AHS at Work
AHS works to affect change to advance the state-of-the-art of vertical flight technology and create recognition of the benefits of vertical flight. AHS leads advocacy efforts to Capitol Hill, the Pentagon, FAA, and the public. We are leading efforts to educate the public and decision makers through our outreach to the media.
You too can get involved! Contact your elected representatives and urge them to support research and development of advanced vertical flight technologies.
- Educating future vertical flight leaders: AHS has a long legacy of promoting education through scholarships, student design competitions, and many other opportunties.
- Promoting research and development investments: Investing in future technologies is essential to advancing the state of the art of vertical flight.
- Promoting safety: AHS led safety efforts that resulted in the formation of the International Helicopter Safety Team (IHST) in 2006, with the ultimate goal of working towards zero accidents.
- Reducing noise and noise complaints: AHS is kicking off a new noise initiative to study helicopter noise generation, reception and perception.
- Lifting restrictions on US government employees: Current US government policies unfairly punish professional societies like AHS and stunts the capabilities of government engineers and scientists by preventing them from attending educational conferences or event traveling to no-cost technical meetings.
- Reforming US export control policy: AHS strongly supports efforts to modernize the US export control policy to facilitate technology trade and cooperation, while keeping advanced technologies out of the hands of its adversaries.
- Vertiflite magazine, Nov-Dec 2013: Remembering Our History As We Look to the Future: "As AHS International celebrates its 70th year of working to advance the state of the art of vertical flight technology, we can look back at an inspiring heritage of accomplishments by industry, academia and government – a proud legacy that we need to preserve and recognize, and build upon for the future of vertical flight."
- Vertiflite magazine, Sep-Oct 2013: Educating the Future: "We have a proud legacy of educating and inspiring the next generation of vertical flight engineers and leaders, and we will continue to expand our role in educating the future with your support. Be part of it."
- Vertiflite magazine, Jul-Aug 2013: AHS International is the Forum for Vertical Flight: "Since the American Helicopter Society was founded 70 years ago, the Annual Forum has provided an unequalled opportunity for government, industry and academia to work together to tackle the toughest challenges in vertical flight."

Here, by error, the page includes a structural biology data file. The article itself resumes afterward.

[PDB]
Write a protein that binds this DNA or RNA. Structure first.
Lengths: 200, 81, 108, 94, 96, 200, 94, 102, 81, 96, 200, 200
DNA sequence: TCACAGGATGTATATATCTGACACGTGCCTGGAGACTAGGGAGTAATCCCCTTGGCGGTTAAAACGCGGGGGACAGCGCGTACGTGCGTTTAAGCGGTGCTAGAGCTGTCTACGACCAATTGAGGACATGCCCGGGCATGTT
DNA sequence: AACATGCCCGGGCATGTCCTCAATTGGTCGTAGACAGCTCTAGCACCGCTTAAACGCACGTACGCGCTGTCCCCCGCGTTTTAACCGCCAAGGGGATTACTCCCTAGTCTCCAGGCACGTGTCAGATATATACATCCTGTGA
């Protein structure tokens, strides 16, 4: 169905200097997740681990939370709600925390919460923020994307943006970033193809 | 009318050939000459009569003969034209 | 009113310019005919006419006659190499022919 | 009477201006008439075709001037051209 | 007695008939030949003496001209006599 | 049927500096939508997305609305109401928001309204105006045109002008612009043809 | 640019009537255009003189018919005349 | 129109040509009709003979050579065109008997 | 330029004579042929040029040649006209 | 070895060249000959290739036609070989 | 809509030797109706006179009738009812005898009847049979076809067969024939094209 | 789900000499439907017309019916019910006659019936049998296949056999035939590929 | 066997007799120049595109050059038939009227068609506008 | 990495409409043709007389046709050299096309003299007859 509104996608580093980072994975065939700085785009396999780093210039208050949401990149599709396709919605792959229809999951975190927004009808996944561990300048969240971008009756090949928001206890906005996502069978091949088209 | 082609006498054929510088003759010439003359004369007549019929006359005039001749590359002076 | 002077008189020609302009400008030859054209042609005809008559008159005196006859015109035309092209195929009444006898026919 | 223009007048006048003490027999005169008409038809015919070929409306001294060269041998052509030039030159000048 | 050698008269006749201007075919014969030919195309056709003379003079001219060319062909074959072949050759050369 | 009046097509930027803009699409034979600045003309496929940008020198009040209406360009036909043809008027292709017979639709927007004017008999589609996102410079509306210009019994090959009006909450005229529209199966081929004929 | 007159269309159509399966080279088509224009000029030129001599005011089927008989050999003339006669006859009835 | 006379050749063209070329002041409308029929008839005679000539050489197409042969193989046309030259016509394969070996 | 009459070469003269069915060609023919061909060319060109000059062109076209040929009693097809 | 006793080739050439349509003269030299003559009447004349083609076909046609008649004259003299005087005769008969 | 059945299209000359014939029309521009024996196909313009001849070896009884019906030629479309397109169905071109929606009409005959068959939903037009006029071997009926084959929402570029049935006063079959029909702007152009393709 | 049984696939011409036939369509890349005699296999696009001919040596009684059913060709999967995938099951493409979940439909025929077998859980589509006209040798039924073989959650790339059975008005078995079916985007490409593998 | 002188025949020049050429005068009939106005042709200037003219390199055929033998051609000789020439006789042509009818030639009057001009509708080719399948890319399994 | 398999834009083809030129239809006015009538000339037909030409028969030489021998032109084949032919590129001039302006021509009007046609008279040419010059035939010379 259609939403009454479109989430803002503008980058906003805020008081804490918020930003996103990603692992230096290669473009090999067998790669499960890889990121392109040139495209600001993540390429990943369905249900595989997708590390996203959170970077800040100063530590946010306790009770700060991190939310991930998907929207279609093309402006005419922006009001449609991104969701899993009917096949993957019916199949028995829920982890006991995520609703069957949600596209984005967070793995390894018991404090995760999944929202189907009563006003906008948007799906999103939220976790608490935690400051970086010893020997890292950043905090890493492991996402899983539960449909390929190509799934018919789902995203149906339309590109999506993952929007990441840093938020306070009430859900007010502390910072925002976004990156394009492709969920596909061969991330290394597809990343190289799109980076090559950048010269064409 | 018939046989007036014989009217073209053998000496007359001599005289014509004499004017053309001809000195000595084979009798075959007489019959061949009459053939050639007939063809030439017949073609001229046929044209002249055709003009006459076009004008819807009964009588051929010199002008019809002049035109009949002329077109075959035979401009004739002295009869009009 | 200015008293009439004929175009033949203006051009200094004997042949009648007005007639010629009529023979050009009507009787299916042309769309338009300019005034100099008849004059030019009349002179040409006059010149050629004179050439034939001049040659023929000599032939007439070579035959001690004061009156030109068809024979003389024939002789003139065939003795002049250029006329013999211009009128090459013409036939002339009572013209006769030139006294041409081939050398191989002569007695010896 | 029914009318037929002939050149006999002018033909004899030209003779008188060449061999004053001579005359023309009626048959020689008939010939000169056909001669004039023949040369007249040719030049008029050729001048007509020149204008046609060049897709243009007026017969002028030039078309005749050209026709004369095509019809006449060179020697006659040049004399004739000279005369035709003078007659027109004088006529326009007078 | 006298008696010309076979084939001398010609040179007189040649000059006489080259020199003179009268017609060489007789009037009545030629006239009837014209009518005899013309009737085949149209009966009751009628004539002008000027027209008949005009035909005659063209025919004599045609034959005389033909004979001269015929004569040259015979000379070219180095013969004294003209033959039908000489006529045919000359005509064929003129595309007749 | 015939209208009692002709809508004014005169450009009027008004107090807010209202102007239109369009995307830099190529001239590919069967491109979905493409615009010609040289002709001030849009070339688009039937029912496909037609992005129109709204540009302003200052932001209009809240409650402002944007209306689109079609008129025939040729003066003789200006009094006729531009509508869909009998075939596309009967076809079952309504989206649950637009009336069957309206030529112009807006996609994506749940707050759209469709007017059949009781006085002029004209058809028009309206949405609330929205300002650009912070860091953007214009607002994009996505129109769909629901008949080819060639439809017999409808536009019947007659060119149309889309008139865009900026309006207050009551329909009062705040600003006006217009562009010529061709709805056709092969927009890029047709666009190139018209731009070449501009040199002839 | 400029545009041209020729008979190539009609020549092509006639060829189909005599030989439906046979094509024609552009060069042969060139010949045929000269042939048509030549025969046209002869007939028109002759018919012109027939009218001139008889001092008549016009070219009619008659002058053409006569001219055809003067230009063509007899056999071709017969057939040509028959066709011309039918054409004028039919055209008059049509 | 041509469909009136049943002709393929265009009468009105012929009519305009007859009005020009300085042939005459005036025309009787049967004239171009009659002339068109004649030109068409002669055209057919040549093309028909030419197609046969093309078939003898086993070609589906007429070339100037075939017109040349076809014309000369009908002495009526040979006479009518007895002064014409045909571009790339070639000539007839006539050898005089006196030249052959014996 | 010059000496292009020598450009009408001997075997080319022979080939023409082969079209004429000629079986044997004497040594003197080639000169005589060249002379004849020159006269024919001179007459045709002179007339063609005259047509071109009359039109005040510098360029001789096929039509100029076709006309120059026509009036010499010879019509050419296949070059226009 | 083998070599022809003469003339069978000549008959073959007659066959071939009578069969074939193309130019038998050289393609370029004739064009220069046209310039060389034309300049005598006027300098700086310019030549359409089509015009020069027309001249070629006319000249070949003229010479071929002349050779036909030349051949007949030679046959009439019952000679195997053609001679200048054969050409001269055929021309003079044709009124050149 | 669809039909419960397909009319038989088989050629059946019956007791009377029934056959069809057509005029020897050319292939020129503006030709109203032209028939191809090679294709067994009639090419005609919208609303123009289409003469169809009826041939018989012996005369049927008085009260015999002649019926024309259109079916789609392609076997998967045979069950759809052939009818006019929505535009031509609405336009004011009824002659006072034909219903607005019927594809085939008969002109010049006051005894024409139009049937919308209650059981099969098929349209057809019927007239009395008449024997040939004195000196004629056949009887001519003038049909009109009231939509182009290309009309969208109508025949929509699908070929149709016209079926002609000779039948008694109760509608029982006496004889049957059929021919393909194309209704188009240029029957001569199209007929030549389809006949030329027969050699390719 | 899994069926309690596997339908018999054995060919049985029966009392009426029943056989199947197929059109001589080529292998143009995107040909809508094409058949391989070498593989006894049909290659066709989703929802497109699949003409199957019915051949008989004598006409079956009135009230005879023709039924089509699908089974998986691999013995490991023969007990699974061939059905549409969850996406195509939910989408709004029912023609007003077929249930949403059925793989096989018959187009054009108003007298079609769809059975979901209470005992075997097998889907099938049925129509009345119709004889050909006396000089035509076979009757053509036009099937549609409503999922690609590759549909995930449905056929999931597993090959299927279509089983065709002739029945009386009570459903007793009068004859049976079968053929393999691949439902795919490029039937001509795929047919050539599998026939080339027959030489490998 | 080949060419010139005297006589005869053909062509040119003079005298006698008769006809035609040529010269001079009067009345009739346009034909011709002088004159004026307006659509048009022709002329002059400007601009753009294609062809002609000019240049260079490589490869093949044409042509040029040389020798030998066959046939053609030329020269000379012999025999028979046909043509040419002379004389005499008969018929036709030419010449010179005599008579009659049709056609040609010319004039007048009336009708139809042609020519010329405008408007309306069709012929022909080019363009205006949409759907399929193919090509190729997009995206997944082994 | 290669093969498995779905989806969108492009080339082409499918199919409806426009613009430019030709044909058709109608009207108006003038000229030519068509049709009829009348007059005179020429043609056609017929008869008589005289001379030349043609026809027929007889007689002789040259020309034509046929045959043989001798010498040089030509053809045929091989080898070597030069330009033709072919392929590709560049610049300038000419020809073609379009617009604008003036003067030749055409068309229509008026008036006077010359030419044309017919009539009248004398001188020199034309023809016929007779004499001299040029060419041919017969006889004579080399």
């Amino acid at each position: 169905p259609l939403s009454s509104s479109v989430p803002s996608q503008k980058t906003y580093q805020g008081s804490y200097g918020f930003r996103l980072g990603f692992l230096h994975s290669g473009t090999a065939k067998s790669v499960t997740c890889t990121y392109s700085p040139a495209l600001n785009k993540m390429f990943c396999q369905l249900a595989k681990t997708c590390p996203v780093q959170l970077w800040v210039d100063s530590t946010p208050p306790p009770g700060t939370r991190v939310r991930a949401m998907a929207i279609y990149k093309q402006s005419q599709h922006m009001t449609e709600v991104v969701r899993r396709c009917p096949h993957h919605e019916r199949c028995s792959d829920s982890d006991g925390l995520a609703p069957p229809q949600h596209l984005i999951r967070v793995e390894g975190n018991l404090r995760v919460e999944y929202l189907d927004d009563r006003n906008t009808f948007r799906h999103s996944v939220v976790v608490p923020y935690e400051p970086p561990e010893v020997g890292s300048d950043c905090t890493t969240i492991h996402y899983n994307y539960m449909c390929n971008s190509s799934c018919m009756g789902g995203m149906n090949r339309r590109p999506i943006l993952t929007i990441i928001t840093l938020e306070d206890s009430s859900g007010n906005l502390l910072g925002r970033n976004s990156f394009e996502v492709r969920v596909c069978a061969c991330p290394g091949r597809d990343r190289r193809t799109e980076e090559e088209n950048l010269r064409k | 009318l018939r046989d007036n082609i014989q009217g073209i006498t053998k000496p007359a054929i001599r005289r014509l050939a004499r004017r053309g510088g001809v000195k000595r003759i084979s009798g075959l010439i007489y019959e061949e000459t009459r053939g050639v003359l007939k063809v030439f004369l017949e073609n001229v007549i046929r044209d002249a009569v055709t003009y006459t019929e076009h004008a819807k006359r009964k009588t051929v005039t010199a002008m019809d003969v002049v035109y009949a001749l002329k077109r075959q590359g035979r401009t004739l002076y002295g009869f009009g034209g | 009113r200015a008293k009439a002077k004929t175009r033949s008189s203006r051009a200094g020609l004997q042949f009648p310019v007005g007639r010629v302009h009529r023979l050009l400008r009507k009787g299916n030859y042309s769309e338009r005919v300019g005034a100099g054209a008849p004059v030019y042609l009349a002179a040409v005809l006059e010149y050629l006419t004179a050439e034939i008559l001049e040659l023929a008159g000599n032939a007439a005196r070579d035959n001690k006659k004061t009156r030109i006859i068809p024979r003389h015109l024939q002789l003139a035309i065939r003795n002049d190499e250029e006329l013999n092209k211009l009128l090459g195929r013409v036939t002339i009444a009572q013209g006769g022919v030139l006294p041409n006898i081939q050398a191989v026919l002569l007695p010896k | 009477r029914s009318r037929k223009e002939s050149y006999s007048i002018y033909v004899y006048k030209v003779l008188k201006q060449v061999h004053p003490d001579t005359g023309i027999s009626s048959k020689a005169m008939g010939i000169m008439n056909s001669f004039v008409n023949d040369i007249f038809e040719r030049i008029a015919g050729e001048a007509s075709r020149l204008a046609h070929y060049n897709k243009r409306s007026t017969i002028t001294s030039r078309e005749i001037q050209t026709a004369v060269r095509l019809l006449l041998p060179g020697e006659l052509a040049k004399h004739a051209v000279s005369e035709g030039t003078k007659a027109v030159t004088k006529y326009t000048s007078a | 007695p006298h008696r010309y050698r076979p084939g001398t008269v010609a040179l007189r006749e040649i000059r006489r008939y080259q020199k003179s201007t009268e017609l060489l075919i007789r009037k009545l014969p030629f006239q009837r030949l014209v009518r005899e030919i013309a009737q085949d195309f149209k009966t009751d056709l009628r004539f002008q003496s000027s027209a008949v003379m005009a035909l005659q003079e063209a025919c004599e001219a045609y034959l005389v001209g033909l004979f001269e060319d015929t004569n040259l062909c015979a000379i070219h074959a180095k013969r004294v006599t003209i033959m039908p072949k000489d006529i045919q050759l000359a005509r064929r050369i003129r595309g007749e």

- Vertiflite magazine, May-Jun 2013: U.S. Government Actions: A False Economy in a High-Tech World: "The cost [to the government] of conference attendance is fairly low – a few thousand dollars, including travel expenses, and much more cost effective than individual trips to multiple industry and university sites – but the cost of ignorance during a new acquisition program is much higher – measured in billions."
- Vertiflite magazine, Mar-Apr 2013: Advancing Vertical Flight Technology in Demanding Environments: "To learn the latest about vertical flight technology and the current markets and budgets for its application, go to our website, www.vtol.org/forum, to register for Forum 69 today. To be prepared for the 'Demanding Environments' of today and tomorrow, you can’t afford to miss it!"
- Vertiflite magazine, Jan-Feb 2013: Invest in the Future: "Given the challenges our industry faces, your contribution to the Vertical Flight Foundation is needed now more than ever."
- Vertiflite magazine, Nov-Dec 2012: The Value of Face-to-Face: "... the Wakefield Research Fourth Annual Business Travel Survey (2012) noted that 'Travelers estimated that 1 hour of face-to-face contact equaled 5 video conferences, 10 telephone calls, or 20 emails.' Often the unplanned discussions at meetings are much more valuable – for industry, academia and government – than the formal planned presentations."
- Vertiflite magazine, Sept-Oct 2012: Still Need a New Scout: "The time for procurement of a new armed aerial scout is now. With the sundown of all current U.S. military production less than a decade away, there will be significant excess capacity in the industrial base, and a risk that its capabilities will degrade."